Interest rates

Those can range from single digits to high teens. This is the main attraction of P2P for those with money in search of a strong yield. More often than not, the higher the risk of the borrower, the higher the rate of interest.

When it comes to risk, the higher it is, the higher the probability you can lose your money.

Know the risks

All lending is risky. People become ill, company business models change, consumer preferences switch so a business case for a loan today might not be there in 12 or 18-months’ time. If you are thinking about P2P as an investment option to grow your money, consider the following issues carefully.

Brexit uncertainty will linger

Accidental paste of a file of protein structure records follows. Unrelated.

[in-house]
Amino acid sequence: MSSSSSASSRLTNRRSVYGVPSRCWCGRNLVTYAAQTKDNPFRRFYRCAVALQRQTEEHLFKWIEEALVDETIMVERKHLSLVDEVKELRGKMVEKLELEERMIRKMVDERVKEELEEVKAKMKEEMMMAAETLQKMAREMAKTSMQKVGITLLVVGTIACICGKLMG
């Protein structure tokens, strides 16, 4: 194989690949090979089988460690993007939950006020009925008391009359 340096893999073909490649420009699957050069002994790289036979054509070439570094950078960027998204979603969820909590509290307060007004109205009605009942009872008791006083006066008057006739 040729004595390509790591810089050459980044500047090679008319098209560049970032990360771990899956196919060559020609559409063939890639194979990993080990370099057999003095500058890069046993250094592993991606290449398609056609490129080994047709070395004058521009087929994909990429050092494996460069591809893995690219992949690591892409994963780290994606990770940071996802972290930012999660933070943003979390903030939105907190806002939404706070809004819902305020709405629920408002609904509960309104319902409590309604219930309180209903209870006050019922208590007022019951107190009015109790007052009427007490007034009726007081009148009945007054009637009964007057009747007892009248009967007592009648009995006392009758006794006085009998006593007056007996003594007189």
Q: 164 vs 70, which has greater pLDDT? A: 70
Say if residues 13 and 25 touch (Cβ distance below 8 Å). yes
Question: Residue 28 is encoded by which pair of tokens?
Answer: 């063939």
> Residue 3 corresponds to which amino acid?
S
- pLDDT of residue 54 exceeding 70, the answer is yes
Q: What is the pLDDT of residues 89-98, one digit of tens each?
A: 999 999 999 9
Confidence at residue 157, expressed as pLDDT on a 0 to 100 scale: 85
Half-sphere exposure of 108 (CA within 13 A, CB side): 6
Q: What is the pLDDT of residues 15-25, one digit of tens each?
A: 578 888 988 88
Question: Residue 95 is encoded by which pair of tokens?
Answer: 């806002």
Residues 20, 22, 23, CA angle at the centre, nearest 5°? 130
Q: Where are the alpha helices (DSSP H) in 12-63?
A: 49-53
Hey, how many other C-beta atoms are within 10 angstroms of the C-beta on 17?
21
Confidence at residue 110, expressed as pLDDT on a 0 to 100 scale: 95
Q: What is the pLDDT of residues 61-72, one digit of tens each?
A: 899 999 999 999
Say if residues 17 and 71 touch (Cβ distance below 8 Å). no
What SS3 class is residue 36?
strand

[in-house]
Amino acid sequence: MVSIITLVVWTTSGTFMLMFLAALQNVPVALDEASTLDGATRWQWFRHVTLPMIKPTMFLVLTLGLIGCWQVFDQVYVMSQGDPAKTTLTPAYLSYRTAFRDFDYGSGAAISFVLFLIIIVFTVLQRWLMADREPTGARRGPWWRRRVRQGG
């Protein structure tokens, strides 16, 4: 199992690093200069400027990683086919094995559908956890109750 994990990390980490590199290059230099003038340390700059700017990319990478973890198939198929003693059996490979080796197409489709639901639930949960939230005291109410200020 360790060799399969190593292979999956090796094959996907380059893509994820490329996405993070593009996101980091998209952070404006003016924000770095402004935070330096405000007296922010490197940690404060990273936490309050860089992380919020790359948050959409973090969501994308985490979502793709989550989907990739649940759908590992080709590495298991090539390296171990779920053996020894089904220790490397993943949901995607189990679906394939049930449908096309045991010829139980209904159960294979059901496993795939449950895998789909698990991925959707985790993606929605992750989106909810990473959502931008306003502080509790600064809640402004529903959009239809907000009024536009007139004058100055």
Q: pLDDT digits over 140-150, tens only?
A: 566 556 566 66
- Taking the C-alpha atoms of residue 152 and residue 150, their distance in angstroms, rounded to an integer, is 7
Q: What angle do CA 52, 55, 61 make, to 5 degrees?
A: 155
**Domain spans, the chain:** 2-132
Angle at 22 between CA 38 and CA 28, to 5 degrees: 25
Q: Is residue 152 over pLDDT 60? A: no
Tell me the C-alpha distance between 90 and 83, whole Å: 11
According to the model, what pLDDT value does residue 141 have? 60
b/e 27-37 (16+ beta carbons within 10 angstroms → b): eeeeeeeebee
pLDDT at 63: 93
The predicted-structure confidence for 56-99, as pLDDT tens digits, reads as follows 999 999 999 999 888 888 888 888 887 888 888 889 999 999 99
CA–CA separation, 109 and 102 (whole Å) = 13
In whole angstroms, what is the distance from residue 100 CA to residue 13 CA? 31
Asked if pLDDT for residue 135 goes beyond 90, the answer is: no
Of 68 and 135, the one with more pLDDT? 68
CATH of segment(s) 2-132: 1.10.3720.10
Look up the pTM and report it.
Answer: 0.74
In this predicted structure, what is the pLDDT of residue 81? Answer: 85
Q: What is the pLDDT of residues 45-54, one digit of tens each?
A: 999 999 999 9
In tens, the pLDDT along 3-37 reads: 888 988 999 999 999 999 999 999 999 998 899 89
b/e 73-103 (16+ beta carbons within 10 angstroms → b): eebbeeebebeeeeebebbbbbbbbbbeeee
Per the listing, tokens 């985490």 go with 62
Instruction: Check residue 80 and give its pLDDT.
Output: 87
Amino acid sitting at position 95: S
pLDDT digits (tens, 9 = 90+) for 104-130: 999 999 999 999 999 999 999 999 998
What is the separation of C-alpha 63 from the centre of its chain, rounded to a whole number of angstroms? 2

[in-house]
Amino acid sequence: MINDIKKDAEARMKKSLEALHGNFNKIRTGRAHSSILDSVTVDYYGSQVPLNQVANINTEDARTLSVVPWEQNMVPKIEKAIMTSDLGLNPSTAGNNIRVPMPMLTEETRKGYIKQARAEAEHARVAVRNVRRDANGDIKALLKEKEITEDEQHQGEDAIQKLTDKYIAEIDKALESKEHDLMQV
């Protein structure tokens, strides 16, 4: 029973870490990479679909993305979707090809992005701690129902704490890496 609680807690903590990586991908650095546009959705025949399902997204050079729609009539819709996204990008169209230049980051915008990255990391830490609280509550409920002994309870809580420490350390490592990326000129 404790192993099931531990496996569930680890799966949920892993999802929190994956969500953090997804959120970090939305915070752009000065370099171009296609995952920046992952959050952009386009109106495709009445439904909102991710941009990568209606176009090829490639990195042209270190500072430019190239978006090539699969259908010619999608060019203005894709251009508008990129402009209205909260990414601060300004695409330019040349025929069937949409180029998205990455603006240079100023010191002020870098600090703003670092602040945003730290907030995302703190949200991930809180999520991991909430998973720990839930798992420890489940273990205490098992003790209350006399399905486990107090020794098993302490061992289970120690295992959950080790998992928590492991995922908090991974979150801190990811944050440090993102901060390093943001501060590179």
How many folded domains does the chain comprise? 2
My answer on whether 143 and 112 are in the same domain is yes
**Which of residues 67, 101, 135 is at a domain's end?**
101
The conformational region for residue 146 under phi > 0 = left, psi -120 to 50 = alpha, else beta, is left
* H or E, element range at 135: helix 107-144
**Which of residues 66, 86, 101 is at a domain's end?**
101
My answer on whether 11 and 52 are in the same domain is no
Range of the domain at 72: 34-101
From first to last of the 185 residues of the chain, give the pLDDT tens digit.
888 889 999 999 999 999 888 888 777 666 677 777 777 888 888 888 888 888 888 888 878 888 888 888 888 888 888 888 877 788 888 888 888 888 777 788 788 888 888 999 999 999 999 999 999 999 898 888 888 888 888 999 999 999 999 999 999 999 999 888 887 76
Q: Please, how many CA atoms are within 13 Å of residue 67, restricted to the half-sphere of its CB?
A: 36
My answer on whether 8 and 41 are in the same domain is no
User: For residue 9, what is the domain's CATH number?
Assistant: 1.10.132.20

Ireland is uniquely exposed as an open economy to the outcome of Brexit. In fact, the period of uncertainty does not end when the UK leaves the EU.

Further uncertainty will continue for years as the UK and EU negotiate a future trade agreement.

Uncertainty is a death knell for many businesses, especially as it impacts core planning and investment decisions. This has a major trickle-down effect on consumer confidence, spending and ultimately the profit-and-loss for a business.

Deposit or investor protections don’t apply

As we have already referenced, there is no State savings guarantee offered for P2P. This means the €100,000 protection under the DGS does not exist for P2P.

When you part with your money, you are in a very risky environment. If all goes well, you should get your investment back with the expected rate of return.